Japanese Foreign Ministry to dispatch four people to Oslo to convey reality of atomic bombings

by Kohei Okata, Staff Writer

On February 19, the Japanese Foreign Ministry (MOFA) announced that it would dispatch a government delegation of four people, including a doctor and an A-bomb survivor, to an international conference on the humanitarian impact of nuclear weapons, a gathering organized by the Norwegian Ministry of Foreign Affairs and scheduled for March 4 and 5 in Oslo. Japan will seek to convey the reality of the damage wrought by nuclear weapons in the hope that this message will lead to discussion that can advance the cause of nuclear abolition.

Masao Tomonaga, director of the Japanese Red Cross Nagasaki Genbaku Hospital, will take the podium as a panelist at a working session on the “immediate humanitarian and medical impact of a nuclear weapon detonation.” He will introduce a photograph depicting a keloid scar, among other materials, to the audience and present the horrific reality in the aftermath of the atomic bombing of Nagasaki. Terumi Tanaka, secretary general of the Japan Confederation of A- and H-bomb Sufferers Organizations and a conference participant, is scheduled to speak for a short time about his A-bomb experience at the same working session.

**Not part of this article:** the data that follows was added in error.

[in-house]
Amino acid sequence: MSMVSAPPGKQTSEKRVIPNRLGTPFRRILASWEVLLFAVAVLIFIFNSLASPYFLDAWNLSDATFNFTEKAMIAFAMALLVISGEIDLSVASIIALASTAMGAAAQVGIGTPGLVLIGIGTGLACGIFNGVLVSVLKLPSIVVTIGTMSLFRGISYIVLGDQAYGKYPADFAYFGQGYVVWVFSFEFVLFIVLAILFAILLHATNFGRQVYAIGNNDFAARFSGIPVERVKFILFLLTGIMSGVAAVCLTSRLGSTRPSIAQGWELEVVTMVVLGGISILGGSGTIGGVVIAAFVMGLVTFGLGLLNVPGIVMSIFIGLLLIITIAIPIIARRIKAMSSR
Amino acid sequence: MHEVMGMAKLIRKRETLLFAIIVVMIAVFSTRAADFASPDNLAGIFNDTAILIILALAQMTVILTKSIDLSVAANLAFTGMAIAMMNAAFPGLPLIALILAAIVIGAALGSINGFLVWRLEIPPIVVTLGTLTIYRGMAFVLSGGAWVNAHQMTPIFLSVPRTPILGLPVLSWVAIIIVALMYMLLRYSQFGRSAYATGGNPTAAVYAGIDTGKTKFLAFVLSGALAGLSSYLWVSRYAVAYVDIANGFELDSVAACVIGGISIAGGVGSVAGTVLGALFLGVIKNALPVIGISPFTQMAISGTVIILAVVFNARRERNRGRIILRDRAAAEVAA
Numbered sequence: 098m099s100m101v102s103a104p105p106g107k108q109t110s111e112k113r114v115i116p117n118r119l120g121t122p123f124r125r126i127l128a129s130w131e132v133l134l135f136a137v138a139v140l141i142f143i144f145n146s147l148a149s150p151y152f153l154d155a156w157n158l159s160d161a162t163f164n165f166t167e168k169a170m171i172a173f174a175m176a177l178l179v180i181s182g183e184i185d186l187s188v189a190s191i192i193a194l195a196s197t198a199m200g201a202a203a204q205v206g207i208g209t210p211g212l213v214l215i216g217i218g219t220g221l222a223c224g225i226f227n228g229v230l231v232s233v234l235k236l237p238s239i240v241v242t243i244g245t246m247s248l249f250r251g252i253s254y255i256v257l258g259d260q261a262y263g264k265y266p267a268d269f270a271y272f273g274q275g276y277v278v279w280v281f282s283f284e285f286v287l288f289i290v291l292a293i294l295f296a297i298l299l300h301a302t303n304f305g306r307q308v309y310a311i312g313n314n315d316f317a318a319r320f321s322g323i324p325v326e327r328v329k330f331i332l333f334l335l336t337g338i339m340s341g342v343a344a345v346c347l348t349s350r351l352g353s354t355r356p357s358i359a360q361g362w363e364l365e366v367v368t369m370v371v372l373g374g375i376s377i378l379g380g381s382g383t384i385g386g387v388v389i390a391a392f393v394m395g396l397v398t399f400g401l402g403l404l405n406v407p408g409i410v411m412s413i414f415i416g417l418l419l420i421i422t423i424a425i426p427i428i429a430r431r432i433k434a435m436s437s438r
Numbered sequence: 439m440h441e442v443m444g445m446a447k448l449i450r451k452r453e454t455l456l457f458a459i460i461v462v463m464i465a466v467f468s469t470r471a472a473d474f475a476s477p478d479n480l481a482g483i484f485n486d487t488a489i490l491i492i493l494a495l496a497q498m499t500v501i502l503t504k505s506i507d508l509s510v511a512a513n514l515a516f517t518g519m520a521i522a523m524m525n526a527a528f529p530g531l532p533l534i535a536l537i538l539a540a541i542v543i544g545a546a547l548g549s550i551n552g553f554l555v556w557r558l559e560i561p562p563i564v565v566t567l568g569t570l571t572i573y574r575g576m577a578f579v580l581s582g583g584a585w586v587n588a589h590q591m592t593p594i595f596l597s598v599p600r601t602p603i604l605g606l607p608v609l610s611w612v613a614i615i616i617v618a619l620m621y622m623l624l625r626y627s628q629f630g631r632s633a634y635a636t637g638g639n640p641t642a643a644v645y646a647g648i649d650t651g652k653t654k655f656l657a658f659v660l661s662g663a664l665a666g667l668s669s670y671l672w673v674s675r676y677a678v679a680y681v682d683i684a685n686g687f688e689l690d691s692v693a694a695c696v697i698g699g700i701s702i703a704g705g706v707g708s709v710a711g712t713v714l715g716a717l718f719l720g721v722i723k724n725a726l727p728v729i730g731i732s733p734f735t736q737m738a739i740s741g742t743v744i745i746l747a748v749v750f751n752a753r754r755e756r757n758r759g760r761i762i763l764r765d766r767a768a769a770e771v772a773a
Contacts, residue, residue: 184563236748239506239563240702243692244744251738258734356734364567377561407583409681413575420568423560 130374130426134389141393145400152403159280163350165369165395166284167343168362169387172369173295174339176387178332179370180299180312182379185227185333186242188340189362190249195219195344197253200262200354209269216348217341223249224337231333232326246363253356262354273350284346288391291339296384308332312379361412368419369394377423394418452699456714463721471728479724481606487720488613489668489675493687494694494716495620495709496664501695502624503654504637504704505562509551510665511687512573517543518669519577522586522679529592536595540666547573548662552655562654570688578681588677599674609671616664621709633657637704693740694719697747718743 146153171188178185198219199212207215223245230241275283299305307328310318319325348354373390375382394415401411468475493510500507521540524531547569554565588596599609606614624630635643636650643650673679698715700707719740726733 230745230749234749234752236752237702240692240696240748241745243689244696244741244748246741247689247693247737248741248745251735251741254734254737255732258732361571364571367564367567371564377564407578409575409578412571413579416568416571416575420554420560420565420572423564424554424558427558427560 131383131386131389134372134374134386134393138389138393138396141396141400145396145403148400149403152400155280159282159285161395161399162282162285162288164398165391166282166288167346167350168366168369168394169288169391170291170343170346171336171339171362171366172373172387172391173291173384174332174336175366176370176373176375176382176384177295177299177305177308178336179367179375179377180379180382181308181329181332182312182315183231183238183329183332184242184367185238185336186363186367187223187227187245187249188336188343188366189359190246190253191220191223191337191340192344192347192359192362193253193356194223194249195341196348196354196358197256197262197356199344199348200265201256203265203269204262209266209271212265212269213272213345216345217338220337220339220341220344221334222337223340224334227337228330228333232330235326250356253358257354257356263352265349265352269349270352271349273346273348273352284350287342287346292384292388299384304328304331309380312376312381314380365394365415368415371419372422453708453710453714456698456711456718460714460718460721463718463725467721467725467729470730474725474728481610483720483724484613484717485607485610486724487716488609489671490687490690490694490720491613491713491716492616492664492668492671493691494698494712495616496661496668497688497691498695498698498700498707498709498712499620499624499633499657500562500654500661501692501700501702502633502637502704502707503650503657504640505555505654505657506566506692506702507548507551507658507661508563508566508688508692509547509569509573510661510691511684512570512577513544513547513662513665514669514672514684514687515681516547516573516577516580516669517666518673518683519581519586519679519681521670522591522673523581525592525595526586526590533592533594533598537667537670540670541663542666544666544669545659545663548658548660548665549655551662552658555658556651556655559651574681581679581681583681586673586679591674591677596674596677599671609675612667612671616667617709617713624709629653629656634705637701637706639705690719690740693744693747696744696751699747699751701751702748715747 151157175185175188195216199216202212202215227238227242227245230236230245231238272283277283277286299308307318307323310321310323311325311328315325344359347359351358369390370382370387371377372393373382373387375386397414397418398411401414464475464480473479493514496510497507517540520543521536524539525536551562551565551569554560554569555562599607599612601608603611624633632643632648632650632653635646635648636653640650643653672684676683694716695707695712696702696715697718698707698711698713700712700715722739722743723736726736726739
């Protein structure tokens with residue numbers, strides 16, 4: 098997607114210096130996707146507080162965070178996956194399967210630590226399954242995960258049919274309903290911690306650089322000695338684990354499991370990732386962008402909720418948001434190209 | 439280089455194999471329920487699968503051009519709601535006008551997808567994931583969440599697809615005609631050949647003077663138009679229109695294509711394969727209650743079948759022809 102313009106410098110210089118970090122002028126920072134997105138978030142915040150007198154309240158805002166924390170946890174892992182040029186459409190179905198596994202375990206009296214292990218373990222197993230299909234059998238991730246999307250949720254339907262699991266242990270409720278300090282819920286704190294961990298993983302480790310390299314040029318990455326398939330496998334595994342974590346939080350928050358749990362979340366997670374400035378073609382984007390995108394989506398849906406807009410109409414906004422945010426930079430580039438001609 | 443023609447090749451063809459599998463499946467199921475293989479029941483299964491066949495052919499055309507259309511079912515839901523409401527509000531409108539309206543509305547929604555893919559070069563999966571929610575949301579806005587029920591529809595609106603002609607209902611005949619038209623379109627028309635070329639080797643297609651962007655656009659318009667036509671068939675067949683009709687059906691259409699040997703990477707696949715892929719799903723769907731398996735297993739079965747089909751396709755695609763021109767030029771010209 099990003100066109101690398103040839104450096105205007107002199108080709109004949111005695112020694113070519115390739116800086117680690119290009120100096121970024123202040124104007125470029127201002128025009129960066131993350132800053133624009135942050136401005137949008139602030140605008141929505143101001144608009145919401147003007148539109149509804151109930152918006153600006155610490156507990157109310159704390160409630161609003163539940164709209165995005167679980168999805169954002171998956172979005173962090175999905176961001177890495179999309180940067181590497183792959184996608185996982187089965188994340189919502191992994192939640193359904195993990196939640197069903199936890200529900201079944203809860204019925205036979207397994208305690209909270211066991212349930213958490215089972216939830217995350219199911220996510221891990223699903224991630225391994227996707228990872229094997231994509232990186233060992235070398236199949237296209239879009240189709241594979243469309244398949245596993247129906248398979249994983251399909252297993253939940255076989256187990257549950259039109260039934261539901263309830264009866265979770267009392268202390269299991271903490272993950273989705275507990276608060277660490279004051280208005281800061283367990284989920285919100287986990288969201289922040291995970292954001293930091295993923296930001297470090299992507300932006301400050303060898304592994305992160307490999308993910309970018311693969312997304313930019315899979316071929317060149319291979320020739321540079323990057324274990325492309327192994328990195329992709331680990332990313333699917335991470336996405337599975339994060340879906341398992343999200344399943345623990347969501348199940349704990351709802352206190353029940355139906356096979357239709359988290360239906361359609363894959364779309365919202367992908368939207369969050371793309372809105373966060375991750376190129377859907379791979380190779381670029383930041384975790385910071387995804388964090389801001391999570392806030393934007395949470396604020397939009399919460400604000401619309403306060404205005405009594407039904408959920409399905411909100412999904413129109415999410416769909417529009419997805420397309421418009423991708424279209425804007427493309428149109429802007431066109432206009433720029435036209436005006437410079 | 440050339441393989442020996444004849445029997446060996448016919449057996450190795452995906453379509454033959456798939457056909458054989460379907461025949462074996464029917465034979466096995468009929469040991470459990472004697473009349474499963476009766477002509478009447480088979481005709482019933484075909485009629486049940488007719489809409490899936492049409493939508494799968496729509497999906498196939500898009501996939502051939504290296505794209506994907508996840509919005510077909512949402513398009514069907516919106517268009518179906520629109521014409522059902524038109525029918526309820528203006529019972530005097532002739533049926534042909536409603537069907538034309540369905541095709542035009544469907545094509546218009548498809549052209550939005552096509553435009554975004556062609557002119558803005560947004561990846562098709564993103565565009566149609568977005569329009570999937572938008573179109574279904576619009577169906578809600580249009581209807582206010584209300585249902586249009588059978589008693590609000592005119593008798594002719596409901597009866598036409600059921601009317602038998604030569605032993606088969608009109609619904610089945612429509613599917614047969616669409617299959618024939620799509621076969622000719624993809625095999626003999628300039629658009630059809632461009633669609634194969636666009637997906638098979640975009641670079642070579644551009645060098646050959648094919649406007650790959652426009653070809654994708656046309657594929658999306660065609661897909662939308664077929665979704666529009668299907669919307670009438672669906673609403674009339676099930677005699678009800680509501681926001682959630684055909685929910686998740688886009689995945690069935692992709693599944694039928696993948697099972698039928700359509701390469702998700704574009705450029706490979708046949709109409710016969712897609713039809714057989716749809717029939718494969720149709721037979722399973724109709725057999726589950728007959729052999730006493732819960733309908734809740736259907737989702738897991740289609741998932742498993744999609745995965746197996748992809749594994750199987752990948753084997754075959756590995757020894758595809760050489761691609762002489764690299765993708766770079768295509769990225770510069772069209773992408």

The conference is designed to serve as a forum where experts and government officials can deepen the discussion, from a scientific point of view, on the short- and long-term humanitarian and environmental impact of nuclear explosions. Climate change due to nuclear explosions and relief measures involving sites contaminated with radiation are also on the agenda.

Kensuke Yoshida, director of the Arms Control and Disarmament Division of MOFA and the leader of the government delegation, said, “We would like to fully convey the historical facts and promote shared awareness across the world of what happens once a nuclear weapon is used.”

(Originally published on February 20, 2013)